Stock markets will be hit by a wave of selling from pension funds rebalancing their investments in coming weeks, analysts predict, following a fierce rally that has left these investors uncomfortably exposed to equities.
Pension funds aim to have a diversified portfolio of bonds, stocks and other assets, such as private equity, and periodically reshuffle their holdings to keep their weightings roughly constant. This usually happens around the end of the quarter.
After March’s deep sell-off, which threw those weightings out of kilter, many pension funds started buying stocks again. In the retail sector, balanced mutual funds, which typically seek to have a 60-40 split between stocks and bonds, also needed to rebalance their holdings.
However, the rally since late March — which has seen global equities rise by more than a third — means that many pension funds will now be holding too much stock relative to their target allocations as the second quarter ends, forcing them to scale back their exposure. JPMorgan analysts estimate that this could lead to as much as $170bn of selling globally.
Robert Buckland, chief global equity strategist at Citi, said the first-quarter plunge and subsequent rebalancing arguably “helped trigger the rally”. On that basis “we might see a blip” as a result of pension funds ratcheting back their stock holdings, he added.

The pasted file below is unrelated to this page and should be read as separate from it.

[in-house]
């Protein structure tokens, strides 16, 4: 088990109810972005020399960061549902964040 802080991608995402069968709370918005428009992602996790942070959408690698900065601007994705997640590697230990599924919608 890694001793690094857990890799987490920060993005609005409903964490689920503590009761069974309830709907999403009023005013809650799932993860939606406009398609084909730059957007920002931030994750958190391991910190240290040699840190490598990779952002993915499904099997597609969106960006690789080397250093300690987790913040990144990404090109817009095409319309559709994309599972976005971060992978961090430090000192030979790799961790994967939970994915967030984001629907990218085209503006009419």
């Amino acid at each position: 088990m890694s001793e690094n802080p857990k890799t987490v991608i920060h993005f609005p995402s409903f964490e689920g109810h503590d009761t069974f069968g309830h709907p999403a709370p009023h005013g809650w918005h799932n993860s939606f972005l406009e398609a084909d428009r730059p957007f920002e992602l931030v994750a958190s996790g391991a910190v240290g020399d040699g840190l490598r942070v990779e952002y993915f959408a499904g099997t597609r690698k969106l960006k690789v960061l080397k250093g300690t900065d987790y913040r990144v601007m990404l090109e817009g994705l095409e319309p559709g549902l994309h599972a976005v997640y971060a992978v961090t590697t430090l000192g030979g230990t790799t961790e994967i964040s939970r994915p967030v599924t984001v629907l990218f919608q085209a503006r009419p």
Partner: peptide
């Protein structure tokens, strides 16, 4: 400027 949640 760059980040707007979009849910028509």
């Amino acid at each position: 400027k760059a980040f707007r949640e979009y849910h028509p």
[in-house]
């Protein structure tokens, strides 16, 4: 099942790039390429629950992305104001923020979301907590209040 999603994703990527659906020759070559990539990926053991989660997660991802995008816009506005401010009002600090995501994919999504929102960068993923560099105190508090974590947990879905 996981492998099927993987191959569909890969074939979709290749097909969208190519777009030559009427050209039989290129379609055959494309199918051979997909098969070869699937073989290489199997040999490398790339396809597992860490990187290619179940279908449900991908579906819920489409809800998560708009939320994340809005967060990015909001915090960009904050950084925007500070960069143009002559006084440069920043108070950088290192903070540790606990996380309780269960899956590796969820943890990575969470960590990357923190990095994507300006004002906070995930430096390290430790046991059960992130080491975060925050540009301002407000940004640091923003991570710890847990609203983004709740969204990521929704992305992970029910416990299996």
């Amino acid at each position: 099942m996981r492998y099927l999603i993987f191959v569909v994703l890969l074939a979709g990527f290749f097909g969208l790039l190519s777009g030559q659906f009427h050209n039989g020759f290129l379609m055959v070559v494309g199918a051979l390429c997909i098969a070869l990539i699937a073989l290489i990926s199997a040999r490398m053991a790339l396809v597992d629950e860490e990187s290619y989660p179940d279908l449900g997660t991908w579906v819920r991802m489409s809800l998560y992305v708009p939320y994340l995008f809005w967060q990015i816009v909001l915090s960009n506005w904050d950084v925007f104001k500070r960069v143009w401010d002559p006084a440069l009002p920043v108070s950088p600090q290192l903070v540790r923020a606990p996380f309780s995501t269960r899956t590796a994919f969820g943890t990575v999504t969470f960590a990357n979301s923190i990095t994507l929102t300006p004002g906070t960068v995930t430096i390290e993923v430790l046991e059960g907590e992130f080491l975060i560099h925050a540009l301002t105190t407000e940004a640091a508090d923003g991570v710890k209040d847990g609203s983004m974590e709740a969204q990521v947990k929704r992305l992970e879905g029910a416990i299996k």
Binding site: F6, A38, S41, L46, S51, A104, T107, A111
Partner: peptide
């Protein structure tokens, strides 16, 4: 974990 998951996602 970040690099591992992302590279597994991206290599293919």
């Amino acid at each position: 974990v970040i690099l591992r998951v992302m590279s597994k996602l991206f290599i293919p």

The universe of so-called defined benefit pension funds, which promise retirees a regular pension payment, balanced mutual funds and other investment funds that periodically rejig their portfolios is large, with JPMorgan estimating their overall assets under management at more than $13tn, even at the March lows.
The question is whether this rebalancing could imperil stocks’ recent bull run, given that analysts and investors say liquidity — the ease of buying and selling — remains poor. That means even modest sales could have a noticeable effect on prices.
Nikolaos Panigirtzoglou, an analyst at JPMorgan, said in a note that the bank still believed that the rally would continue. It estimated the coming rebalancing would only take 0.7 to 1.9 percentage points off the performance of the S&P 500, the US benchmark index.
“While we acknowledge the risk of a small correction in equity markets over the coming two weeks as a result of this negative equity rebalancing flow, we continue to believe that we are in a strong bull market in equities and any dip would represent a buying opportunity,” he added.
Goldman Sachs’s estimate for the scale of pension fund selling triggered by the rebalancing is smaller at $76bn. But the bank is more cautious on the outlook for the stock market, and forecasts that pension funds will sell a cumulative $200bn this year.
While it predicts that overseas investors and the emergence of a sudden US retail trading frenzy will buttress demand, Goldman warns that an 80 per cent collapse in corporate share buybacks risks kicking away one of the support pillars for the stock market since the crisis.
David Kostin, the investment bank’s chief US equity strategist, said in a note that there was still room for investors’ equity allocations to rise, and cash holdings to decline, until they reached pre-crisis levels.
“However, we expect the potential risk of a ‘second wave’ [of Covid-19 infections] and the fast-approaching US presidential election will limit a significant increase in equity exposures,” he added.